Studies show Pfizer vaccine highly effective against COVID-19 variants
Two studies published Wednesday found that the Pfizer-BioNTech coronavirus vaccine was highly effective at preventing infection and severe cases of the virus caused by more infectious variants.
The findings indicate that the two-dose inoculation, which has already been approved for emergency use and distributed in the U.S. and other countries, could also protect against more transmissible variants fueling new waves of the virus across the globe.
One study, published in the New England Journal of Medicine and based on data from more than 200,000 people in Qatar who had received the Pfizer-BioNTech shot, found there was an estimated 89.5 percent effectiveness against any infection with the B.117 variant first identified in the United Kingdom.
For the B.1.351 variant first identified in South Africa, the Qatar study recorded a 75 percent efficacy rate for the vaccine.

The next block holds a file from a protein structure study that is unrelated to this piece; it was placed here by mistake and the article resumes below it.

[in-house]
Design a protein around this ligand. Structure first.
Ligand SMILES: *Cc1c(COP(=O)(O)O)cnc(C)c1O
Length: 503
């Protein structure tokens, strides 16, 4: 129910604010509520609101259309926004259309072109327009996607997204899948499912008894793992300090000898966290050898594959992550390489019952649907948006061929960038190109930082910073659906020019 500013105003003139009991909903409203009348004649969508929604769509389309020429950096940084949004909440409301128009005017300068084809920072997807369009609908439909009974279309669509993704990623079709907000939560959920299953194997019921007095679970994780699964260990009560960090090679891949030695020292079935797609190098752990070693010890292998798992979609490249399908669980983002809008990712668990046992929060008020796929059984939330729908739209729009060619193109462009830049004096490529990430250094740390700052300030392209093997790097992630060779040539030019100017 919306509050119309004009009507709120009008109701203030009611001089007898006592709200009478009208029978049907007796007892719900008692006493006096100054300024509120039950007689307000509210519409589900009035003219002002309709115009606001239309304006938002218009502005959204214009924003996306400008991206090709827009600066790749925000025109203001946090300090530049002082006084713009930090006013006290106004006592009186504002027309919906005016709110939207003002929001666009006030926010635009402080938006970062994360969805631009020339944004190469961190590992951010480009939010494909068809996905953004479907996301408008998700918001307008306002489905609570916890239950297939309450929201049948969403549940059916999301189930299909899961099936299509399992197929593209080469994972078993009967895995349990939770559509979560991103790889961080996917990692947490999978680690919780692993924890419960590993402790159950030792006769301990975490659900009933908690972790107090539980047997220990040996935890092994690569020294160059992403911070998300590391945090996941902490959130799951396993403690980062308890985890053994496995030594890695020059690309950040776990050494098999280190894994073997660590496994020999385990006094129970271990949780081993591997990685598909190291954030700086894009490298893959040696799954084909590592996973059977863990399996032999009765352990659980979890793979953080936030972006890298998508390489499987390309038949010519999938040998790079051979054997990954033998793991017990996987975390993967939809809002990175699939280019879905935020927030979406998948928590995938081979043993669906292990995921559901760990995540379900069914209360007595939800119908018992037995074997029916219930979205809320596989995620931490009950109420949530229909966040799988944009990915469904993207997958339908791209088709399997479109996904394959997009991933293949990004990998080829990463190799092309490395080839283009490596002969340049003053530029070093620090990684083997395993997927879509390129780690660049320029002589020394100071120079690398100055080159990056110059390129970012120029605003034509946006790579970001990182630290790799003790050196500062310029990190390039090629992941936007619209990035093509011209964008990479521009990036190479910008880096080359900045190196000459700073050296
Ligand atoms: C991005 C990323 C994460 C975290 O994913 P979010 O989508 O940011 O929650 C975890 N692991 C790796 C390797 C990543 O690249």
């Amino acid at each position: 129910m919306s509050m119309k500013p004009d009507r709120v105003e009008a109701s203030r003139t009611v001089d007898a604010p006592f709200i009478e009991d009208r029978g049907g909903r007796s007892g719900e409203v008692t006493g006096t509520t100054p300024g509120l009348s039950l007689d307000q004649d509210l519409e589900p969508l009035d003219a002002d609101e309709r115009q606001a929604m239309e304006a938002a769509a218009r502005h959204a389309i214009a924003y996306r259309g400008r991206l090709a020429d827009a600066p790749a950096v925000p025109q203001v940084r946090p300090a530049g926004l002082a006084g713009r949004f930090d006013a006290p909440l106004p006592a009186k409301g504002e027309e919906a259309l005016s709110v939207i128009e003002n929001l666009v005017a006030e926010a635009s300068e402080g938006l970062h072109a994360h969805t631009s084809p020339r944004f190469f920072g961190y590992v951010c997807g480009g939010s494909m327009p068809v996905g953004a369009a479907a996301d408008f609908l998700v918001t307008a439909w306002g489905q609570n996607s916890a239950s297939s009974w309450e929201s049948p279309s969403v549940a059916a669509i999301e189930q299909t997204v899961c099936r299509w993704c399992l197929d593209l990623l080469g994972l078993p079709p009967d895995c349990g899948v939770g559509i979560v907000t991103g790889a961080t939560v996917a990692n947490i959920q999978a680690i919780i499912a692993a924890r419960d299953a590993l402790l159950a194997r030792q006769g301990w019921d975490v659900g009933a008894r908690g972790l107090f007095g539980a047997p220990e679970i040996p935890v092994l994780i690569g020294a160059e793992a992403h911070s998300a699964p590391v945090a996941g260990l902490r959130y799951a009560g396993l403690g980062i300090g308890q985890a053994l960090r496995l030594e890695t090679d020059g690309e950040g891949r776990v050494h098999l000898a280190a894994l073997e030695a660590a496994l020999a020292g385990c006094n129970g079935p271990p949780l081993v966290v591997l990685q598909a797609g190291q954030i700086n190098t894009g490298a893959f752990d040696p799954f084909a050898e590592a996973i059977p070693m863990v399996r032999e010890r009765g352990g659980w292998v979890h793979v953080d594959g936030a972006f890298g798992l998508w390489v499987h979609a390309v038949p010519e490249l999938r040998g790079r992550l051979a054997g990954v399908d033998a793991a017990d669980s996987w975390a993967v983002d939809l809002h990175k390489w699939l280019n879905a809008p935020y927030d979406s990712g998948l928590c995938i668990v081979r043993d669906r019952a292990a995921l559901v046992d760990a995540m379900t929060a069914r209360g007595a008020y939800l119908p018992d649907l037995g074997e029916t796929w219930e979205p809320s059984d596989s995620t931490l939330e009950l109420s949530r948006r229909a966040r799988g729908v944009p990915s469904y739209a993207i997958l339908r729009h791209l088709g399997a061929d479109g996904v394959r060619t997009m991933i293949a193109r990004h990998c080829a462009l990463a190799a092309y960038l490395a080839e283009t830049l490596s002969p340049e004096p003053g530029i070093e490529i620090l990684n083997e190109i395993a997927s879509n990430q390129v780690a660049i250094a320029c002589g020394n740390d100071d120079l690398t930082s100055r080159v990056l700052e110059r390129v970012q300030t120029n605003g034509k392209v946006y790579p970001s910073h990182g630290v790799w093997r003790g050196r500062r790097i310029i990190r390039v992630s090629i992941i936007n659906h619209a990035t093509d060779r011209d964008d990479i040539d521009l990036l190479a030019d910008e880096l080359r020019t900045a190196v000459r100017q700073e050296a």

The effectiveness was even higher for preventing more severe illnesses from the variants, at 97.4 percent for both the B.117 and B.1.351 strains.
The second study, published in The Lancet, measured more than 230,000 COVID-19 infections in Israel from Jan. 24 to April 3.
Researchers at the Israeli Ministry of Health and Pfizer found that the two-dose shot was about 95 percent effective at preventing infection, hospitalization and death as a result of the more infectious variants in individuals 16 and older.
For people 85 and older, the Pfizer-BioNTech vaccine maintained a high efficacy rate of 94 percent in preventing infection and more severe cases.
The findings came the same day Moderna reported early positive results among booster shots undergoing trials being developed to protect against variants of COVID-19.
Pfizer has also been looking at the need for booster shots. Researchers hope the booster shots could give people who have already been vaccinated a greater immune response to variants.